Feature: Nigerian Navy makes giant strides in Gulf of Guinea operations


The Nigerian Navy has made great strides over the past few years in its efforts to address maritime insecurity in West Africa and the Gulf of Guinea, with Nigeria recently exiting the International Maritime Bureau’s Piracy List.

Speaking at the 4th Maritime Security Conference held in Simon’s Town last month, Vice Admiral Awwal Zubairu Gambo, Chief of the Naval Staff, Nigerian Navy, noted that the Gulf of Guinea “is replete with activities of criminal elements and economic saboteurs. These manifests in forms of piracy, armed attacks against shipping, sea robbery, Illegal, Unreported and Unregulated (IUU) fishing, smuggling of small arms and light weapons, contraband and narcotics, trafficking and illegal mining as well as crude oil theft/illegal bunkering activities.”

These criminal activities are directed at the economic life and developmental prospects of not only Nigeria, but also the broader African continent. No one country or navy can address these challenges alone and there have been renewed calls for improved collaboration and enforcement of maritime security laws by regional parties and stakeholders for enhanced maritime security within the continent.

The Gulf of Guinea stretches from Senegal to Angola, covering over 6 000 km of coastline, with Nigeria’s maritime environment constituting 12% of the entire Gulf of Guinea. The region accounts for 10% of oil and 4% of natural gas exports to the European Union, with sea-borne trade accounting for over 85% of total trade with the rest of the world.

Given the importance of commercial sea trade and activities in the region, attacks on ships by pirates and armed groups constitute a serious threat. According to the International Maritime Bureau, in 2019, out of the 162 piracy incidents recorded in the world, 64 incidents (39.5%) occurred in the Gulf of Guinea.

Gambo notes that according to the Vice President of Nigeria, Prof Yemi Osinbajo, Nigeria loses around $26 billion a year to criminal activities, particularly piracy and sea robbery.

“This development thus imposes a huge burden on the Nigerian Navy to check piracy and all forms of maritime threats in the nation’s water and the Gulf of Guinea,” Gambo said.

Gambo explained that prior to his appointment as the Chief of the Naval Staff in January 2021, the region was regarded as the most dangerous maritime area in terms of the success rate of attacks, with the International Maritime Bureau stating that of 135 maritime kidnap cases recorded in 2020, 130 took place in the Gulf of Guinea.

“It thus became expedient for the Nigerian Navy to take drastic measures to reverse the unfortunate trend in the region. These efforts include emplacement of robust Maritime Security Operations efforts, inter-agency collaborative efforts as well as regional and international collaborative engagements.”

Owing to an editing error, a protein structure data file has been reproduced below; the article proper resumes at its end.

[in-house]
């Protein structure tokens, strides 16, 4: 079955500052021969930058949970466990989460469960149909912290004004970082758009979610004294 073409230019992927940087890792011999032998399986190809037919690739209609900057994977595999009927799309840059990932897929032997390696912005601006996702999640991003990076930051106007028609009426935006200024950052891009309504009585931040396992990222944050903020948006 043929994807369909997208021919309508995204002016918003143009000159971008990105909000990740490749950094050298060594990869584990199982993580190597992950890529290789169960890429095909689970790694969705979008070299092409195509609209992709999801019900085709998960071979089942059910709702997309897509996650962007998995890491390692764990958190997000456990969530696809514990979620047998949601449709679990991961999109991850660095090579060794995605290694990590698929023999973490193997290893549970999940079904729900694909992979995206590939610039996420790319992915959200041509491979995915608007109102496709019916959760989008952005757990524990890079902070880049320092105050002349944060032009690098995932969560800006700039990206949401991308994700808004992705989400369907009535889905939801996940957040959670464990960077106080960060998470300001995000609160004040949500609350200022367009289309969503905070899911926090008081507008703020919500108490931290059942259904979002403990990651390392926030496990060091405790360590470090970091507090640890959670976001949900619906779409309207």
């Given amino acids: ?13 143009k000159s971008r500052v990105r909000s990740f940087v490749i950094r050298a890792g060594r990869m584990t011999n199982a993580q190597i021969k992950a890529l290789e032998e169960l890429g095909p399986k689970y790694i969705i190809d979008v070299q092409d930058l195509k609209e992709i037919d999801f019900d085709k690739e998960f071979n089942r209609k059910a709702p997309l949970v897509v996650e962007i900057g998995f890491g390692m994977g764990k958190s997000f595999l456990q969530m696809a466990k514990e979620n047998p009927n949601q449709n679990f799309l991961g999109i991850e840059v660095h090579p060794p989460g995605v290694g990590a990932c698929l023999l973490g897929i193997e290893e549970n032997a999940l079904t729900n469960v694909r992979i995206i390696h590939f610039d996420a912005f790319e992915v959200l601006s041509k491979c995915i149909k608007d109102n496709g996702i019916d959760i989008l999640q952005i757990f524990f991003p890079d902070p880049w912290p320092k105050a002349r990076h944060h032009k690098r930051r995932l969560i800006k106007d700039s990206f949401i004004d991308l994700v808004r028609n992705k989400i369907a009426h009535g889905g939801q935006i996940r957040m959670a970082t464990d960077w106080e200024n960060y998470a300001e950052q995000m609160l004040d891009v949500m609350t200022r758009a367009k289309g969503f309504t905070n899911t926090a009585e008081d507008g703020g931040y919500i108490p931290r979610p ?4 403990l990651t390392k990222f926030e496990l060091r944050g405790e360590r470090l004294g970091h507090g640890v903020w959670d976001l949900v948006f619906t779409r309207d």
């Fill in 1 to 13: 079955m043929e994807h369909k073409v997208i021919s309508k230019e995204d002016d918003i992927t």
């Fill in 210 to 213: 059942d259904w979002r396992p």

In order to address the increasing insecurity at sea, the Nigerian Navy Maritime Security Operations efforts included:

  • Development of a Total Spectrum Maritime Strategy;
  • Platform acquisition;
  • Adoption of Trinity-of-Action Concept of Maritime Security; and
    Nigerian Navy Special Boat Service operations.

The complexity of maritime crime and criminality in the region prompted the Nigerian Navy to articulate a robust maritime strategy referred to as the Total Spectrum Maritime Strategy.

“The strategy entails projection of naval power flexibly over a range of areas,” Gambo explained. “Objectives of the strategy are to deliver operational effects of Secure, Deter and Strike against internal spoilers, non-state actors and external aggressors through emplacement of a credible balanced fleet capable of an offensive-defensive posture. The strategy is based on proactive layered responses across five conflict spectrums namely: Backwaters Operation, Territorial Waters, Exclusive Economic Zone, Out of Area Operations and Land Operations.”

Importantly, consistent funding over the past four years has enabled the Nigerian Navy to acquire a number of platforms and has commissioned over 100 new ships and small craft. These include the acquisition of Offshore Patrol Vessels, Fast Attack Craft, Inshore Patrol Craft, an Offshore Survey Vessel (NNS Lana), a Landing Ship Tank (NNS Kada) and air assets.

The creation of an indigenous shipbuilding capability in 2007 has provided a number of Seaward Defence Boats. Such is the activity of the Nigerian Navy that it spent of 32 669 hours at sea during 2021, compared to 29 932 sea hours in 2020.

As Gambo said: “The increased presence at sea is instrumental to the decline in criminal activities in the Gulf of Guinea.”

Within the scope of the Nigerian Navy Total Spectrum Maritime Strategy, the Nigerian Navy adopted the Trinity-of-Action Concept of Maritime Security to effectively combat maritime threats. The concept comprises Surveillance Capabilities, Response Initiative and Law Enforcement.